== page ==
7. Reader’s Journal

If you want to be a writer, read. Read a lot, then read some more. You just can’t read enough. When you write about what you’ve read, you can capture what worked and what didn’t work from a writer’s perspective. You’ll pick up neat writing tricks, jot down techniques that you’ve observed other writers using effectively, and of course, as you read and get ideas for your own projects, you can include those as well. Best of all, you’ll have a place where you’ve listed everything you’ve read and by keeping notes, you’ll retain all of it much better.




After reviewing the seven types of personal journals, your assignment is to try five of the seven types of journals.

These Journals may be completed in any order.
Create a new Journal Entry for each type. Type directly into the entry. The only exception is the Art Journal which may require you to attach a document.
No journal type may be completed more than once.
Make sure to meet the requirements listed below for the types of journal chosen.
Label or title the journals according to their type so there is no confusion about which type of journal is being submitted.
Dream Journal–There are a couple of options for this journal. You may either keep track of the dreams you have for any three days in which you dream or when you remember the dreams. The other option is you may write about a recurring dream which you have, discuss the circumstances surrounding when you have the dream, how often you have had the dream, and your analysis of the dream. Either option which is chosen will require a minimum of 250 words.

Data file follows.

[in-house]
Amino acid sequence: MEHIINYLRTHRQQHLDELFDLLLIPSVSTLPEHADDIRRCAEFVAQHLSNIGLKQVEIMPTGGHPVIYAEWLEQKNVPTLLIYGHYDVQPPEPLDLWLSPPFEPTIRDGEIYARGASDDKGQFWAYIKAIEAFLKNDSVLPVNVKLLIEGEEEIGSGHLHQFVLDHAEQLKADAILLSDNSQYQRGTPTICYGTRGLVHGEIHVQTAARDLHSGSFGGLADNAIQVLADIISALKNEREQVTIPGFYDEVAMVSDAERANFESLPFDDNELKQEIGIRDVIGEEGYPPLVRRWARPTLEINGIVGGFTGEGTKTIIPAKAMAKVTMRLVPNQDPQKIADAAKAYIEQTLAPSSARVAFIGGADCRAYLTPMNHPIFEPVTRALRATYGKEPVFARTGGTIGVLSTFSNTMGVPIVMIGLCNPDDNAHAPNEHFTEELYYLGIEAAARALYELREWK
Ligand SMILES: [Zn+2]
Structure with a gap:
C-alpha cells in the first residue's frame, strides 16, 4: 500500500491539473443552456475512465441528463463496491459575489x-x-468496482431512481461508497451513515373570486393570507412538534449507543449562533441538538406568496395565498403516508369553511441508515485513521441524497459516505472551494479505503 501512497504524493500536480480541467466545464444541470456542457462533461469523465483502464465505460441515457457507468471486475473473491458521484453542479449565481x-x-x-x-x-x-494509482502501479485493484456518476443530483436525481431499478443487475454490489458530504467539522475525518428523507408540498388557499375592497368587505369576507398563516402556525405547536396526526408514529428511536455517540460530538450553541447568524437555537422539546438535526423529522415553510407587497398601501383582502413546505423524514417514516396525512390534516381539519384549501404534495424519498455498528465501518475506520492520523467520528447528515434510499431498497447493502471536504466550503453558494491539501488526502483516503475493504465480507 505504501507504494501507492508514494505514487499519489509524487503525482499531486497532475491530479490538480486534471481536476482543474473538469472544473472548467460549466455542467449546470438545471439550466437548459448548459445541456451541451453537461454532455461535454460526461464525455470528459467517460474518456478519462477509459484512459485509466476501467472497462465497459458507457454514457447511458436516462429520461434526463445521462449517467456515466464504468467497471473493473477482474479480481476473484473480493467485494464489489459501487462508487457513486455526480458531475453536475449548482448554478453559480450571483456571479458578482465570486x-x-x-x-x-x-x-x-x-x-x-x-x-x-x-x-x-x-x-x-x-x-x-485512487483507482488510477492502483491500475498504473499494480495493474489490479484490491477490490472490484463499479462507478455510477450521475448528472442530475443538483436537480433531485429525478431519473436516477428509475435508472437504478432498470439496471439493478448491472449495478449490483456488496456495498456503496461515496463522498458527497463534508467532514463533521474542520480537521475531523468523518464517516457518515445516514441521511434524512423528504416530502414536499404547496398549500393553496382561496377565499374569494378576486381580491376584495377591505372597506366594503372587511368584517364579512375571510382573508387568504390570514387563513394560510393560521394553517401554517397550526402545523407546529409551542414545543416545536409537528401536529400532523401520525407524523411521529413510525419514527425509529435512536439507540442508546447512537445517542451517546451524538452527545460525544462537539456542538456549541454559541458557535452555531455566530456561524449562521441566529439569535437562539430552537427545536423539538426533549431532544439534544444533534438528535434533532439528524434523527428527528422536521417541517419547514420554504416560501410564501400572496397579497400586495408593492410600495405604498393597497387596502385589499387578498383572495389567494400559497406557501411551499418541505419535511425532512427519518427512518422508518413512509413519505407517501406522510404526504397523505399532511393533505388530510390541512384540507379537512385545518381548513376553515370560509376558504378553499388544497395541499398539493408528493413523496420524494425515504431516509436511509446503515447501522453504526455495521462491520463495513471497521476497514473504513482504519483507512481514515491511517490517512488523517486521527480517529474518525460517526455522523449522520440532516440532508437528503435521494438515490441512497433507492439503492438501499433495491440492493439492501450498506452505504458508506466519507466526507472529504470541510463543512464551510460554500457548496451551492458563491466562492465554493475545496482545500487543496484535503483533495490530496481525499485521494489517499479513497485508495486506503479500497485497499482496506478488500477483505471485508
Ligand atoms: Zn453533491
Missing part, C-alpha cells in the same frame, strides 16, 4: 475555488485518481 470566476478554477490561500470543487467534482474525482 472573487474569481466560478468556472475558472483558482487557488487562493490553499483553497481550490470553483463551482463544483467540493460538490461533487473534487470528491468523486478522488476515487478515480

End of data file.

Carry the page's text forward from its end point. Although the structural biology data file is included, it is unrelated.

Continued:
Art Journal–Use the Art Journal to create the characters, scenes, small elements which you picture for a story you might write. Perhaps you have always had ideas of a superhero. Create the super hero, costume, super power, villain, home world, etc. Create at least one character, costume, and two supporting elements.
Freewriting Journal–For this freewrite, you will be doing a guided freewrite. For this freewrite, focus on the scent of something. Write about what you associate with that particular scent. Perhaps sunscreen reminds you of a trip to Florida. Maybe there is a perfume which reminds you of your grandma. Write a minimum of 250 words.
Idea Journal–You will need to find a place among people or where you can see a group of people. These people can be on campus, in a classroom, at church, at a party, at the dinner table, at the grocery store, at a mall, or anywhere there are people. They need to be people who are not interacting with you, but with others. Your job is to generate ideas by creating a scene between these individuals. Why are they together? Have they met up or just run into each other? What is their conversation about? How do they know each other? What are their plans? How long have they known each other? Watch their body language and create according to what you can see. Write a minimum of 250 words and include dialogue to help capture the interaction.
Inspiration Writing Journal–Create a list of items, people, quotes, poetry, television shows, characters, etc. which inspire you. Make notes explaining why each inspires you. Write a minimum of 10 items and 250 words.
Life Events or Diary Journal– Choose two or three days and keep track of the events which happen. Choose the points of interest or experiences which you feel you could go back later and expand upon. This isn’t the place for teeth brushing and went to class. This isn’t an itinerary of your day. This is about experiences, stories, interesting people. Write a minimum of 250 words.
Reading Journal–Choose a short story. There are lots of famous authors and stories posted online to choose from. You can choose one from your text which we have not read in this course. Take notes about what you like, what you don’t, what worked, what didn’t. Think about techniques which you enjoyed. What benefits there were to the dialogue. Was there particularly good imagery. Write a minimum of 250 words.